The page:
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Corraleno last won the day on April 1

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About Corraleno

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    Amateur Bee Keeper

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  1. DD had her second Pfizer shot today at the mass vax site here. She had an appointment, but since they are also taking walk-ins she made her boyfriend go with her to get his first shot, so I'm happy they will both be protected. So far they just have sore arms. Tomorrow is 2 weeks from my 2nd shot, and Monday is 2 weeks from DS's second shot, so 2 weeks from today all three of us will be fully vaxxed. So grateful for that!
  2. What makes the Yankees case so interesting is that everyone who tested positive so far was vaccinated — so either they were all coincidentally infected by the same unvaccinated person, who for some reason hasn't been tested or is testing negative, or one (or more) of the vaxxed people transmitted it to other vaxxed people. I don't think the fact that there were a bunch of breakthrough cases in people who got a vaccine that is only 66% effective against moderate illness is all that remarkable, but the transmission question seems to be a much bigger issue. Unless they can find an unvaxxed p
  3. I agree that the chance of asymptomatic transmission in vaccinated people is likely really tiny, but personally I wish the CDC hadn't changed the mask recommendations since (1) I don't think we have good data on the extent that the J&J vaccine blocks transmission, (2) we don't know what transmission may be like with some of the more virulent variants, and (3) if the vaccinated half of the population stops wearing masks, the unvaccinated half will surely stop as well. But I think the CDC was under tremendous pressure to lift the mask requirements for vaccinated people. Walensky's quote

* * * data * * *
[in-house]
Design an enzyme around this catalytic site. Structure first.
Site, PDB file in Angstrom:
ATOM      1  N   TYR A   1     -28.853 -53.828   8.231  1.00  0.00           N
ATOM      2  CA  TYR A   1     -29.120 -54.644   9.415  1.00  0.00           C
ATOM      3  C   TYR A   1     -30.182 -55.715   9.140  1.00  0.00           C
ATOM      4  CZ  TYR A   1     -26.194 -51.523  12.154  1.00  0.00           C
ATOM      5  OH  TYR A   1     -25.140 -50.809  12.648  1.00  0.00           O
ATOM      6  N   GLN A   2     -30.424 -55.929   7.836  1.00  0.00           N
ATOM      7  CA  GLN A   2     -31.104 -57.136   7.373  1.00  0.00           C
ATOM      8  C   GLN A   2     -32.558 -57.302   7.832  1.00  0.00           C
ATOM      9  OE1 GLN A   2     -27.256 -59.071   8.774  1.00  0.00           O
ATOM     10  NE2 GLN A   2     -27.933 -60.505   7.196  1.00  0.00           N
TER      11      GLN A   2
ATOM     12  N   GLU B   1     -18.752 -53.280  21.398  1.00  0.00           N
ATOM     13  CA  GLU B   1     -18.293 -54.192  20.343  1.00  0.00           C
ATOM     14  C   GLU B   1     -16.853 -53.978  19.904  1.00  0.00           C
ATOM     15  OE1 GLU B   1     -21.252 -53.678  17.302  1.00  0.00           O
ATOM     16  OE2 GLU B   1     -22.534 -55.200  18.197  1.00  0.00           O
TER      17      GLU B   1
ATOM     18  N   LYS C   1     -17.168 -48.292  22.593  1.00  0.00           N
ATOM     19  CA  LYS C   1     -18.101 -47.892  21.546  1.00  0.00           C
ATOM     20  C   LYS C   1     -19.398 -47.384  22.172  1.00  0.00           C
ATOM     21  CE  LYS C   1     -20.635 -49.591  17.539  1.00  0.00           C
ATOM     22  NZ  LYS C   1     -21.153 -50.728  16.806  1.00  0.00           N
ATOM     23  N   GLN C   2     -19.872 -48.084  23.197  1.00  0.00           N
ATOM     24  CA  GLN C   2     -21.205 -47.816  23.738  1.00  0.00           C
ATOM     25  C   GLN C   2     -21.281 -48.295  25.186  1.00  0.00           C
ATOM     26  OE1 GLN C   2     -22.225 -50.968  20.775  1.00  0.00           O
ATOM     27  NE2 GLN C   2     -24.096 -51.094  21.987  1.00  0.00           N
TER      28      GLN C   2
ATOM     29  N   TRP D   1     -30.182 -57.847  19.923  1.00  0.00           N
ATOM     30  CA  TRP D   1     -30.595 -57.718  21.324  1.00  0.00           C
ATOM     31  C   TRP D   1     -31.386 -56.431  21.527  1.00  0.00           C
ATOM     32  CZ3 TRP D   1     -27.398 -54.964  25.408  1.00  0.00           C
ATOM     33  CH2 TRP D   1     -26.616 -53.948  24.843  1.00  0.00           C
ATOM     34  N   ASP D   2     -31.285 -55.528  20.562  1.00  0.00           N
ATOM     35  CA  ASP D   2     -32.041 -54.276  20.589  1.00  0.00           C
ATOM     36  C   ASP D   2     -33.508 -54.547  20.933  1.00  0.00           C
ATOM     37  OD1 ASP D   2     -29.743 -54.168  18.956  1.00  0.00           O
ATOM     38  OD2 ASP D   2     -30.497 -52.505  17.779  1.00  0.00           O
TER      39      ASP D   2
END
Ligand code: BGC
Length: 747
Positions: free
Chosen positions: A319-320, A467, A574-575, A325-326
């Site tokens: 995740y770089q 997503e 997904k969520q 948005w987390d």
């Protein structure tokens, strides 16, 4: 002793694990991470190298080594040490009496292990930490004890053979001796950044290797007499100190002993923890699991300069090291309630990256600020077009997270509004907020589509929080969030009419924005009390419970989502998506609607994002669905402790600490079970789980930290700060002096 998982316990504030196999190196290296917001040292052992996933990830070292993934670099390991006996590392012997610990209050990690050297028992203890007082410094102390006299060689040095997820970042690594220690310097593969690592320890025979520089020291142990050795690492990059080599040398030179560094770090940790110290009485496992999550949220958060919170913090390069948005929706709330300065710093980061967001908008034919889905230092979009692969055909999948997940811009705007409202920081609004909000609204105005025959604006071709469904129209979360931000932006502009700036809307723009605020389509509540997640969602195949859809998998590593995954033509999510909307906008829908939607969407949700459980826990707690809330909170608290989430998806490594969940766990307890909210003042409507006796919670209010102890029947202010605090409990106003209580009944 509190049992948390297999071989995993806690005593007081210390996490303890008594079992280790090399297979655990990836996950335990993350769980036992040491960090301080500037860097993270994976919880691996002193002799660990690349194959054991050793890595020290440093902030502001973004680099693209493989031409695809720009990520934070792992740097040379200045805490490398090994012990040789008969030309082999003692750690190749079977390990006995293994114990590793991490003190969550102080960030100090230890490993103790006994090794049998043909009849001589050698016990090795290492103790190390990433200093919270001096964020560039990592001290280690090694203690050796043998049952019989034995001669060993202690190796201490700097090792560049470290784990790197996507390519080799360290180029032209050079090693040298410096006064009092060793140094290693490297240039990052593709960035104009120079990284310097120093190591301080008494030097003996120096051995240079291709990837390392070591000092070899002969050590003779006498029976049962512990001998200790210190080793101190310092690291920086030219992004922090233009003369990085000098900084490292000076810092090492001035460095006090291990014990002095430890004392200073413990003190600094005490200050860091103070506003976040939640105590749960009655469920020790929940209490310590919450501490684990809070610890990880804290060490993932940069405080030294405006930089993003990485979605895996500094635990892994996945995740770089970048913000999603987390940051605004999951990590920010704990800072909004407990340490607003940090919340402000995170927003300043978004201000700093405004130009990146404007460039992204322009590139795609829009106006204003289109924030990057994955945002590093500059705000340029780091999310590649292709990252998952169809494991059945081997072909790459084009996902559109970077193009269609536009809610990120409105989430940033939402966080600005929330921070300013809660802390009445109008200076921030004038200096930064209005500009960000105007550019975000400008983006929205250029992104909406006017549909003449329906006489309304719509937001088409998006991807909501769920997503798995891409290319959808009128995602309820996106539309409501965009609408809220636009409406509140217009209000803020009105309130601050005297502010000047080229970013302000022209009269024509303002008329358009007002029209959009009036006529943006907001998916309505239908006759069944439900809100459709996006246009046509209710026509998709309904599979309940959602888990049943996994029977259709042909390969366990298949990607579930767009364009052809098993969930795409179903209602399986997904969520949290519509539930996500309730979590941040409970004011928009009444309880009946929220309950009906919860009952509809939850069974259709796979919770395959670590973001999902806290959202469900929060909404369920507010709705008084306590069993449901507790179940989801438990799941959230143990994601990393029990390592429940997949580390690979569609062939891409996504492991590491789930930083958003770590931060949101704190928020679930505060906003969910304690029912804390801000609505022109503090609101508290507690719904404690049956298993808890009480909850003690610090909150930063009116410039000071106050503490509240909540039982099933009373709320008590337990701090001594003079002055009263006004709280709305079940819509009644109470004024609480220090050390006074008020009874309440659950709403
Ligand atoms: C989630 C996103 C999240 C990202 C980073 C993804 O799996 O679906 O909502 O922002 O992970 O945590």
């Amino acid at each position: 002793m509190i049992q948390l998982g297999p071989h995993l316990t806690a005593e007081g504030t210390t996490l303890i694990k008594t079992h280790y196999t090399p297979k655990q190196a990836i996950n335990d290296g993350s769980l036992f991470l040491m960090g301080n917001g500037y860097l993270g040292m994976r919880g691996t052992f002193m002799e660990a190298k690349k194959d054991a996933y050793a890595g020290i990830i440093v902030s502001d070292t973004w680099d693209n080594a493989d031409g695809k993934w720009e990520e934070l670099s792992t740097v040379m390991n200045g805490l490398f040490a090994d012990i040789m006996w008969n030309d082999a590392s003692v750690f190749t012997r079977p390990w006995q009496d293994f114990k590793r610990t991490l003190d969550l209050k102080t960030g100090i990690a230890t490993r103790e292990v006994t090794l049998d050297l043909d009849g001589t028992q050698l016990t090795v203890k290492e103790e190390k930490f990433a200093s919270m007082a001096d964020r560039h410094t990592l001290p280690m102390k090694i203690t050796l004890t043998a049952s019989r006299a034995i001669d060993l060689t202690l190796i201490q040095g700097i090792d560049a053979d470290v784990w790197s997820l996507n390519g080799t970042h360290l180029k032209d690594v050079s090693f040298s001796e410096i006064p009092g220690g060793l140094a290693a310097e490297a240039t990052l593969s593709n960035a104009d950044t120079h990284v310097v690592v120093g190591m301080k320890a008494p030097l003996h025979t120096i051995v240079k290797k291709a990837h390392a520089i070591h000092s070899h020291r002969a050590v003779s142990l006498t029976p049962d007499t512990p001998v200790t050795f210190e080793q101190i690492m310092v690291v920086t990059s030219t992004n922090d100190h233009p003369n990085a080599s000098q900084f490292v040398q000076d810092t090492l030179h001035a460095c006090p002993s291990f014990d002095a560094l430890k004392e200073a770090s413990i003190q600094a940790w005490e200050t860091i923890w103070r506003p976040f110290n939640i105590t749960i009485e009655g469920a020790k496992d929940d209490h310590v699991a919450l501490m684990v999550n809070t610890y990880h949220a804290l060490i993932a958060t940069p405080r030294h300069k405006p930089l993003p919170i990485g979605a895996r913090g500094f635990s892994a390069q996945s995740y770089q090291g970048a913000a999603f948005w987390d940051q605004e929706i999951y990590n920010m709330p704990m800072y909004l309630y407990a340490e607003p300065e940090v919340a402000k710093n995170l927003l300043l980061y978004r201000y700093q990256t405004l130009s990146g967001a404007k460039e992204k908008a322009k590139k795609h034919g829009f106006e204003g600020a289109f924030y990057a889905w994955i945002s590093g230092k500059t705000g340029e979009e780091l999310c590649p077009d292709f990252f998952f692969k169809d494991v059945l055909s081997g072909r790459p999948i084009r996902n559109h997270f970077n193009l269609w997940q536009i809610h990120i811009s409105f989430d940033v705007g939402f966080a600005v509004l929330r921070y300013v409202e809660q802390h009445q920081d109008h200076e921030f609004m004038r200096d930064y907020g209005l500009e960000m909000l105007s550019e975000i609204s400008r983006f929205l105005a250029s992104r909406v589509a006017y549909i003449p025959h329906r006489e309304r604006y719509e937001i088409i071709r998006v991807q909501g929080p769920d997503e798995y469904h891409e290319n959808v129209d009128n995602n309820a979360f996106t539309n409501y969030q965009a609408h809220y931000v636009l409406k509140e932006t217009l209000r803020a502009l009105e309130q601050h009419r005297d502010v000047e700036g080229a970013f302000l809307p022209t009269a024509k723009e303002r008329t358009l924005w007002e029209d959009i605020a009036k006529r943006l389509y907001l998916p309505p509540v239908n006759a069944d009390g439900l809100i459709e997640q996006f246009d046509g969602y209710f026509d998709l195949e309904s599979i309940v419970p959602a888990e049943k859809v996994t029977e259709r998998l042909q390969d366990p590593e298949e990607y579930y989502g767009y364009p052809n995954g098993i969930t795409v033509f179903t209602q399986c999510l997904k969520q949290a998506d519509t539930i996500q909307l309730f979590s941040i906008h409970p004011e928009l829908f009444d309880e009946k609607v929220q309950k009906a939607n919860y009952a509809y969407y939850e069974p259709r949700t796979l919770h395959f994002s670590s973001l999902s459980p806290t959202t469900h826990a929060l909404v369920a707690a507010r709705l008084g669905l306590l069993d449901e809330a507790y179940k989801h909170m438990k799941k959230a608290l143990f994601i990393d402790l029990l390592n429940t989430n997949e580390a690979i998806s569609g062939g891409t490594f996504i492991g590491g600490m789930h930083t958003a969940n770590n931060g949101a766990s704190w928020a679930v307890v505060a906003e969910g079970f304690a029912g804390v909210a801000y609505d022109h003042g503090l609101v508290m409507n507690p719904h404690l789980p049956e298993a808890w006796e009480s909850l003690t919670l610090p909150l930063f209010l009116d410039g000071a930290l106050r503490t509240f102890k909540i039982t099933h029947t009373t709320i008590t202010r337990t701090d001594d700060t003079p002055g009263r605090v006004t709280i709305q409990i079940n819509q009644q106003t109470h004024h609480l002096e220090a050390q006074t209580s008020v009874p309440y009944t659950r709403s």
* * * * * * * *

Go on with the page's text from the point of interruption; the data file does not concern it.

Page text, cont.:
4. If it were me, I would be extra careful for the next 5 days and then get tested, just for my own peace of mind.
  5. She said that off the cuff in a single interview, and the CDC immediately walked it back and said she was "speaking very broadly," and that some people can get infected after vaccination and that the "evidence isn’t clear whether they can spread the virus to others. We are continuing to evaluate the evidence.” I think Walensky was reacting to the argument that was widely spread by anti-vaxxers that vaccines don't provide any protection against catching or transmitting the virus, only against severe symptoms, therefore not getting the vaccine is totally an individual choice that doesn't af
  6. There's just a whole different level of exposure with athletes who are in close physical contact for hours every day, which generally includes shouting, hugging, sharing a locker room, etc. I assume the entire team is being tested daily when they are training, traveling, or playing; that is likely an MLB requirement. I think it's an NCAA requirements as well — DS is fully vaccinated, but all varsity athletes who are training on campus over the summer are still required to test 3x week regardless of vaccine status. I believe that will continue in the fall, although nonathletes who are fully vac
  7. 30 people out of 1.2 million is 0.0025%, which suggests excellent efficacy, especially given that the current outbreak there is led by the Indian variant, which is both more transmissible and more capable of evading certain antibodies. The rate of reinfection in people who previously had covid is nearly 17 times higher than in vaccinated people — 26 reinfections out of 61K prior cases. It's also significant that in one hospital cluster, all 9 of the vaccinated people who were infected were either asymptomatic or had mild cases, compared to 34 unvaccinated people, 6 of whom needed oxygen, two w